Recently I went on a spontaneous, overnight road trip to the Japanese Stroll Garden in Springfield, MO, to see a waterfall. While there, I visited the Dr. Bill Roston Native Butterfly House, which is part of the botanical center, and where you can see native butterflies lay eggs, caterpillars feeding, chrysalises in camouflage, and butterflies.
The house is not very big, but is light and airy, and the butterflies and the moths fly freely around you as you enter. It’s a delightful and curious place, much like Alice’s Wonderland or the fairy Tinker Bell’s Pixie Hollow, where hundreds of fairies live, and the golden, glitter-like pixie dust flows from the Pixie Dust tree.
Butterflies are special creatures. To me, they are a symbol of what happens to us as believers: a transformation into a completely new person saved by faith in Christ, much like the caterpillar transforms into the beautiful butterfly.
In fact, a yellow butterfly, drawn by our anointed artist daughter Leah, was the logo/symbol for my Released women’s conference several years ago.
Also, one of my books has a butterfly on its cover, Metamorphosis: From Fear to Faith.
I had never seen butterflies up so close before as I did at the Butterfly House. Dr. Bill Roston and his assistants are very knowledgeable about butterflies and moths, and are happy to answer your questions. They showed me numerous chrysalis, the pupal stage of butterfly development where the mysterious and miraculous transformation takes place.
Dr. Roston’s assistant corrected me that butterflies do not have cocoons, but chrysalis, which are the hardened body of a butterfly pupa. Moths have cocoons, an external structure constructed by larvae to protect themselves during the pupal stage. Here are some of the butterflies’ chrysalis below.
Dr. Bill showed me how a butterfly had landed on his finger, and explained it was using its long, straw-like tongue to eat the salt from his skin. He invited me over and then gently moved the butterfly to my finger. I’ve never had this happen to me before, and was so happy! I wish I’d gotten a picture, but I didn’t want the butterfly to fly away!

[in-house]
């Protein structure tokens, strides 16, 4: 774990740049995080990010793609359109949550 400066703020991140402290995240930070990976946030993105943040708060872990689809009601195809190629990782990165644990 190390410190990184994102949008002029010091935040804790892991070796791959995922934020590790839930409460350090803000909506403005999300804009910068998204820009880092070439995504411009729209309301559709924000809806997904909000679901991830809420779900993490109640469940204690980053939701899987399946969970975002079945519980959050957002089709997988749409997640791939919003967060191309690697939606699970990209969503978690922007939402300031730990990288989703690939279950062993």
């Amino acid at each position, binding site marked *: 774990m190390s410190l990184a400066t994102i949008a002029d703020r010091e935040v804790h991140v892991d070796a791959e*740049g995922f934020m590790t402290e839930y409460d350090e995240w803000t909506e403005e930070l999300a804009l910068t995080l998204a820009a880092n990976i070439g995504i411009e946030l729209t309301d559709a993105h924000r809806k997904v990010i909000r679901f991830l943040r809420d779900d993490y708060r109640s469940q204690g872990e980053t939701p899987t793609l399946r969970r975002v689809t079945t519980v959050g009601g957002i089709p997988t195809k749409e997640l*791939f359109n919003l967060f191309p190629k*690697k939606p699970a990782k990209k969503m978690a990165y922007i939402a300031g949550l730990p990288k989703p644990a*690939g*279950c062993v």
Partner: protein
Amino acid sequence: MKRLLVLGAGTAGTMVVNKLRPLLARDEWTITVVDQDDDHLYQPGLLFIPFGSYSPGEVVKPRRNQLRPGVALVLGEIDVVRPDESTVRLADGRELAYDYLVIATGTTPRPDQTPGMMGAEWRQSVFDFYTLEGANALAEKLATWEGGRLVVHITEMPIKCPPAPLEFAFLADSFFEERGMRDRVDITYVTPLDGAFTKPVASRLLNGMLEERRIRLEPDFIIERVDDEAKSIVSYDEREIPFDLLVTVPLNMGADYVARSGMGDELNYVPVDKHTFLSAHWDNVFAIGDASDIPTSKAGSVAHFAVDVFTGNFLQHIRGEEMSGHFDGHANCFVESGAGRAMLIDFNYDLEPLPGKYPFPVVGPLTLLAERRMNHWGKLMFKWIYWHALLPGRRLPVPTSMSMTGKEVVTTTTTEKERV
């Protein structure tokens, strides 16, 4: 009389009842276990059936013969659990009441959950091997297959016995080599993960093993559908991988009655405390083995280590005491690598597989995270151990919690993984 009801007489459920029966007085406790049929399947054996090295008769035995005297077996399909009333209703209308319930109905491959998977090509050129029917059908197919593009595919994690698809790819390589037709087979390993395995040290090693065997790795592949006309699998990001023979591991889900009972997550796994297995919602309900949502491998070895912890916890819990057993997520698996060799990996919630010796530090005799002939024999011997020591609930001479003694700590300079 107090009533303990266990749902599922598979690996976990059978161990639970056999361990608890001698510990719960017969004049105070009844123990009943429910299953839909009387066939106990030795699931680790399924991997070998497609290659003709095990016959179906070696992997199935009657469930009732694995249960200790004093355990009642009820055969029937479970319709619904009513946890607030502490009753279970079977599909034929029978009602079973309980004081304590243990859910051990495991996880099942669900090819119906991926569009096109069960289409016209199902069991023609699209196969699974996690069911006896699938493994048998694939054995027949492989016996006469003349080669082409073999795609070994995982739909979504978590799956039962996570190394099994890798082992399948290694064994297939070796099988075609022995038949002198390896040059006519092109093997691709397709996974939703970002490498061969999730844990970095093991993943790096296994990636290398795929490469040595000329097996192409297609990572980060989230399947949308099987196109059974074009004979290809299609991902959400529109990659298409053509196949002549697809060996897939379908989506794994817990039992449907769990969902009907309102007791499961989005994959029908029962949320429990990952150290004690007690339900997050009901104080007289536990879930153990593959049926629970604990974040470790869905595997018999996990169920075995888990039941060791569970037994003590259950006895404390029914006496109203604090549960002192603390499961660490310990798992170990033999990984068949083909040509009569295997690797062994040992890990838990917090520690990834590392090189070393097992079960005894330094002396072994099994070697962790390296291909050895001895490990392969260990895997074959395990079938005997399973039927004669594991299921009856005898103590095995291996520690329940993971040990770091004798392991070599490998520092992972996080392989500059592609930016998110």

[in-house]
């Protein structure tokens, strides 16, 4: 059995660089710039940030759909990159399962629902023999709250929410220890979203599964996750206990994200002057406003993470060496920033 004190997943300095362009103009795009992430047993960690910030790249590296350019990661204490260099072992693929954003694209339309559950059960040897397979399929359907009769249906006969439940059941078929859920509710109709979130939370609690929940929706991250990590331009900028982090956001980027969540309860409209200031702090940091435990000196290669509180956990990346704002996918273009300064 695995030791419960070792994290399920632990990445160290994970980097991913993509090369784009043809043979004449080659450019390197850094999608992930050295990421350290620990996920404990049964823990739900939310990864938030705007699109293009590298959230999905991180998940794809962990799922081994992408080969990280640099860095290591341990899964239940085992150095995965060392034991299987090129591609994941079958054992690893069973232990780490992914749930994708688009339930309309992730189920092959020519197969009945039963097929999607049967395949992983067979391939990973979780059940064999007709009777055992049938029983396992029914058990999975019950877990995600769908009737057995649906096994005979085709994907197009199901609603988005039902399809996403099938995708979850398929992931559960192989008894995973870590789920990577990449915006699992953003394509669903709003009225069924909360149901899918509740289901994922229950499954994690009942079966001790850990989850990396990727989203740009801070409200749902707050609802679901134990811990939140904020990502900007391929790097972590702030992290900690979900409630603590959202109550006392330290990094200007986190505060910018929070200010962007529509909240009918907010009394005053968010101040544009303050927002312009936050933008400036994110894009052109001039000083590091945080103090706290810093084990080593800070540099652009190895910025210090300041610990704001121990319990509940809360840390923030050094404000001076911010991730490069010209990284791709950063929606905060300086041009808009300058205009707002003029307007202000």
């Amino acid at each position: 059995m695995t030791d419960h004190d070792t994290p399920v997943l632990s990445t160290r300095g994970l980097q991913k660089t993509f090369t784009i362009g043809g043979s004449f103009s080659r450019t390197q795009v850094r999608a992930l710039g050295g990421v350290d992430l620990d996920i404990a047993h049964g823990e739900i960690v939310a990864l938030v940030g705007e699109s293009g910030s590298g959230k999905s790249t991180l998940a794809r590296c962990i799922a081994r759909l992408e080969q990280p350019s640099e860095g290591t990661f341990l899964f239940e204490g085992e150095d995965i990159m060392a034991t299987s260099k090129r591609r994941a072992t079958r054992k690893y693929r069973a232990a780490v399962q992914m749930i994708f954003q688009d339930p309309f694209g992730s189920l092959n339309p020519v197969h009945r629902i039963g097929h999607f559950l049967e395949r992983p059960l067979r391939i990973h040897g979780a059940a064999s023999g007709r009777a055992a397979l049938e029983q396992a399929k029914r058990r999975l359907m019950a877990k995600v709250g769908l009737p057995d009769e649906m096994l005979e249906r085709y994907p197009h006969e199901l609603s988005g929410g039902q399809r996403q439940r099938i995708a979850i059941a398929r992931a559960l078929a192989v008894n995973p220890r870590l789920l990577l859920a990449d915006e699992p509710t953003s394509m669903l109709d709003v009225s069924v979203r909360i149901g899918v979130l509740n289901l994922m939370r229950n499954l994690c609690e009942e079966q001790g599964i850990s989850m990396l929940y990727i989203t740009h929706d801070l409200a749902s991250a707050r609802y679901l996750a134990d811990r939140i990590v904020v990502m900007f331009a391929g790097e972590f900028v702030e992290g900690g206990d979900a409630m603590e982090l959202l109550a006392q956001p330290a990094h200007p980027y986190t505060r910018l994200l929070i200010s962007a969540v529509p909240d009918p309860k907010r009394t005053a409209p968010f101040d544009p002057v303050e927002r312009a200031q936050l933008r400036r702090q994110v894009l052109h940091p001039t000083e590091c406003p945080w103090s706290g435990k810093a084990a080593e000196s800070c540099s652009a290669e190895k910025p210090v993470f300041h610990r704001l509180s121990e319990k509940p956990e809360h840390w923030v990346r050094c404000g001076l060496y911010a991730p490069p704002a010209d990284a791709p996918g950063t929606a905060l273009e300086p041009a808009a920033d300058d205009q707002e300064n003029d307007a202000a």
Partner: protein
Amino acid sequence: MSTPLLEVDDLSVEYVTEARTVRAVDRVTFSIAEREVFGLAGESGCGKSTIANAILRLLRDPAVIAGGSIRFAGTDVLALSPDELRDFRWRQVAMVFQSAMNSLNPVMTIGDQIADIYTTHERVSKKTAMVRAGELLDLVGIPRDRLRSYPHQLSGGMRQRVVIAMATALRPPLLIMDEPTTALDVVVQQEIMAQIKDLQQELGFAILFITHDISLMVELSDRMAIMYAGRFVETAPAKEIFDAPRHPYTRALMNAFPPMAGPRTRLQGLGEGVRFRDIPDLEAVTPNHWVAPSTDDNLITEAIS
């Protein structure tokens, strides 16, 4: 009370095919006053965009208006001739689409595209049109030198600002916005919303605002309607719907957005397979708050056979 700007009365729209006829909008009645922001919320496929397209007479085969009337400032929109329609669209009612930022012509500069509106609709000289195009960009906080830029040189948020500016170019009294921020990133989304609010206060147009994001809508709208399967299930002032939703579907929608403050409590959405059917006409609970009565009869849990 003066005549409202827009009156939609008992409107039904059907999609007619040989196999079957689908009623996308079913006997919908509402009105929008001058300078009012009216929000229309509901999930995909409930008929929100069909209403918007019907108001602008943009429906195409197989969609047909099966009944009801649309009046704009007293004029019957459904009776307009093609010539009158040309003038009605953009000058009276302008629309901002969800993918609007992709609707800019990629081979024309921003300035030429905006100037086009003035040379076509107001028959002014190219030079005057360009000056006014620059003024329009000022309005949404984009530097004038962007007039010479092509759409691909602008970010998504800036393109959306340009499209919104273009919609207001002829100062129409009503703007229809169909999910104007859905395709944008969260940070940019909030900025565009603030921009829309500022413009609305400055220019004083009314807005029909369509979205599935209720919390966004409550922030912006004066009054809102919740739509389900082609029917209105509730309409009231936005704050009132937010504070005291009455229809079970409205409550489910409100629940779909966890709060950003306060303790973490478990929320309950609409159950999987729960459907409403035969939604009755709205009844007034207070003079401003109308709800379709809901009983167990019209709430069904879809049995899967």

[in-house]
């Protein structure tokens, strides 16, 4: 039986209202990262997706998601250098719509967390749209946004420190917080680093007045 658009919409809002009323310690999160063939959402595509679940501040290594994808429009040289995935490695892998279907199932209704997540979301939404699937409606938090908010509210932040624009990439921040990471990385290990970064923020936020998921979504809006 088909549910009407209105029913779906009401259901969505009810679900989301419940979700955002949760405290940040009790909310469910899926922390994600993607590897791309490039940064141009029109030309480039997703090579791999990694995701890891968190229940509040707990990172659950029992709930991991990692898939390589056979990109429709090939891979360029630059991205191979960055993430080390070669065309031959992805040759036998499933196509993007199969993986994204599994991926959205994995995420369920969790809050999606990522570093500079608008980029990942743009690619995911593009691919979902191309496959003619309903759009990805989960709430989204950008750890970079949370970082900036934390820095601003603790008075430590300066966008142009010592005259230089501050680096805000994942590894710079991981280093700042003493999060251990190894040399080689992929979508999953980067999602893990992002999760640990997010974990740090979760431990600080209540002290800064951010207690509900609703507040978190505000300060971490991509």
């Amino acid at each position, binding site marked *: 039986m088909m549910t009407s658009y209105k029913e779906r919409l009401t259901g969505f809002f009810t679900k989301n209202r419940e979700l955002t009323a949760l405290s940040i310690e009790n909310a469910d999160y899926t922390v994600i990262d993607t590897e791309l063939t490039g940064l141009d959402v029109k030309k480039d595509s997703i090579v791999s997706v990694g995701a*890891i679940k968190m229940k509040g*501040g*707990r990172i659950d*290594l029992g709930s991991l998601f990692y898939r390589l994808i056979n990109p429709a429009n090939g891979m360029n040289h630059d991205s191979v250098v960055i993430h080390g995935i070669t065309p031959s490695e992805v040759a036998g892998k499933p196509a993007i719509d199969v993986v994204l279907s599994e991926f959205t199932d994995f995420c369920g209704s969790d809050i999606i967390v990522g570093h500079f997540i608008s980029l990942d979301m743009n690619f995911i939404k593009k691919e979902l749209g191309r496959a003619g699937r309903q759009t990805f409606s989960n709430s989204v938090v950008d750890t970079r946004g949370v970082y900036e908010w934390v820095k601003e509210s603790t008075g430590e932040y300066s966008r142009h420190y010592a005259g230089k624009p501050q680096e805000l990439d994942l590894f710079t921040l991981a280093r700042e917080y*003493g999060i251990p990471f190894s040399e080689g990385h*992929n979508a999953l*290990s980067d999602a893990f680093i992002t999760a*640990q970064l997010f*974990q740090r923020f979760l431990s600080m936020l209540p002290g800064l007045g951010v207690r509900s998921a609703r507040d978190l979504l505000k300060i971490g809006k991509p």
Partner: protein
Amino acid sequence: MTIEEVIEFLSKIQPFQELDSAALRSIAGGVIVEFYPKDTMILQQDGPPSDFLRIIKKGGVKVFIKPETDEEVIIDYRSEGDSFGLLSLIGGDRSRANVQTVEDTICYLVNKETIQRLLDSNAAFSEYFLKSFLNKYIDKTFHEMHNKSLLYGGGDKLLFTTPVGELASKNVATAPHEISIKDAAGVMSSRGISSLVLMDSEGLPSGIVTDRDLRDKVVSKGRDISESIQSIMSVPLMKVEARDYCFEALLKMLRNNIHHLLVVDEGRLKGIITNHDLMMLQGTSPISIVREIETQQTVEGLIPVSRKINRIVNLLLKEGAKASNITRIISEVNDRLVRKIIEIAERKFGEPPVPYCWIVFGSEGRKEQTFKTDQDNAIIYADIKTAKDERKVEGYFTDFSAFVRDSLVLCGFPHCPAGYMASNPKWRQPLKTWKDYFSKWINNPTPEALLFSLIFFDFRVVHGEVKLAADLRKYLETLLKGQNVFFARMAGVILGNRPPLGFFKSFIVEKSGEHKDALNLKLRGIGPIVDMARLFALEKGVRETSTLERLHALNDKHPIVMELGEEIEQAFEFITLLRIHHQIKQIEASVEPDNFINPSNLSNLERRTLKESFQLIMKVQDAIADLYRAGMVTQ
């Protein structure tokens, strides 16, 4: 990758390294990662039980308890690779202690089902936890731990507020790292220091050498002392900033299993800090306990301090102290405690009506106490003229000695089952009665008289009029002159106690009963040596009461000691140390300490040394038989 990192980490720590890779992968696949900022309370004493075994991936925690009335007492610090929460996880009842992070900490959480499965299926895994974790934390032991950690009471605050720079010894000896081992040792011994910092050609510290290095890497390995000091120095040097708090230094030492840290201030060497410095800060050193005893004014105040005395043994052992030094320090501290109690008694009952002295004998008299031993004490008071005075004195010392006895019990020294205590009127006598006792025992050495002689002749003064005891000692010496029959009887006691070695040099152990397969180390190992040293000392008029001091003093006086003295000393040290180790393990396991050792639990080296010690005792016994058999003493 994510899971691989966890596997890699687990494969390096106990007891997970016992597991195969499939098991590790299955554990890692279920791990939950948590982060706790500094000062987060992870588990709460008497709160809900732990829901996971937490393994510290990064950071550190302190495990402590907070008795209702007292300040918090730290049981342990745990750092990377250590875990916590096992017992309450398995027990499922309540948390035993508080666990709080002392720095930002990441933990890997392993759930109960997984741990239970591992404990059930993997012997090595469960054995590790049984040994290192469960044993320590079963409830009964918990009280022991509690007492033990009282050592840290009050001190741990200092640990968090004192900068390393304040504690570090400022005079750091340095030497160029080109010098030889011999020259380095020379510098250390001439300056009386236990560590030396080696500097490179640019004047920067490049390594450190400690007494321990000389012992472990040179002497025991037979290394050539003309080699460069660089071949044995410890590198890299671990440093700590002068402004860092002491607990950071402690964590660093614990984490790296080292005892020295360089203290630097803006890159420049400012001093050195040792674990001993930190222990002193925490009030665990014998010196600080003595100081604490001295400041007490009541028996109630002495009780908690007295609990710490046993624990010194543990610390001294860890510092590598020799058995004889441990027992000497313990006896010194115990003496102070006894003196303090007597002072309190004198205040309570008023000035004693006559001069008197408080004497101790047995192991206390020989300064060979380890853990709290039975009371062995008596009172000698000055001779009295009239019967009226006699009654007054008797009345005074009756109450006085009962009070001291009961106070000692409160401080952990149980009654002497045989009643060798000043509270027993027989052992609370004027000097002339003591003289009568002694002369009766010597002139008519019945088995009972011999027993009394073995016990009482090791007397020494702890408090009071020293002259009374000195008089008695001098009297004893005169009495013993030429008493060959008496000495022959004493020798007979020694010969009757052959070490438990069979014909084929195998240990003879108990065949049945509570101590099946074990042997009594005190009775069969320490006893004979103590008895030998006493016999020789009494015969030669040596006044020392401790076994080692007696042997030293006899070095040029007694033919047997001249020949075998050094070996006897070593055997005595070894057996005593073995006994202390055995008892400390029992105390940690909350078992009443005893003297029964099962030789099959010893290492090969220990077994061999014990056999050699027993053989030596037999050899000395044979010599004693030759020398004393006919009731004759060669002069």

He told me how a butterfly has a very short life span, and usually lives only about a month, depending on the species, the size, and what time of year it became an adult. The smallest butterflies you see feasting on flowers in your yard only live about one week! Mourning Cloaks, some tropical Heliconians, and Monarchs are some of the only butterflies that have an average life span of about nine months.
Monarch and other butterflies migrate south and west, because they are cold-blooded and can’t handle the cold winters so they have to fly somewhere warmer. They need to stay where their food source is; if there’s winter and there’s no flowers, they don’t survive. Some have been discovered to migrate 3,000 miles each fall from Canada to Mexico and vice versa. (But it’s a one-way trip for the butterfly!)
The center had a cute caterpillar-butterfly playground; it looked so cute and fun for kids to play on, and I wish I had our kids and our grandkids with me!
Right after the Butterfly House, there are lily gardens, the varied colors like precious jewels. I thought our daughter Leah would enjoy this, as she likes lilies.
There is a peaceful lake at the center. I was thankful for a clear, sunny day, driving there and back.
After the lake is the waterfall. It is man-made, but still beautiful. It is so peaceful there, and I stayed awhile, thanking God for this highlight of my trip.
Next was a pretty rose trellis, which reminded me of one of our family’s favorite movies, The Secret Garden.
I’ll continue blogging about my trip this week. I hope you’ve enjoyed the pics. It was SO fun, and I can’t wait to go back there soon, this time taking my husband Ray with me. (He was in Texas visiting his mom when I went on this trip.)
Where do you want to go this summer? What do you want to do? Leave your comments below.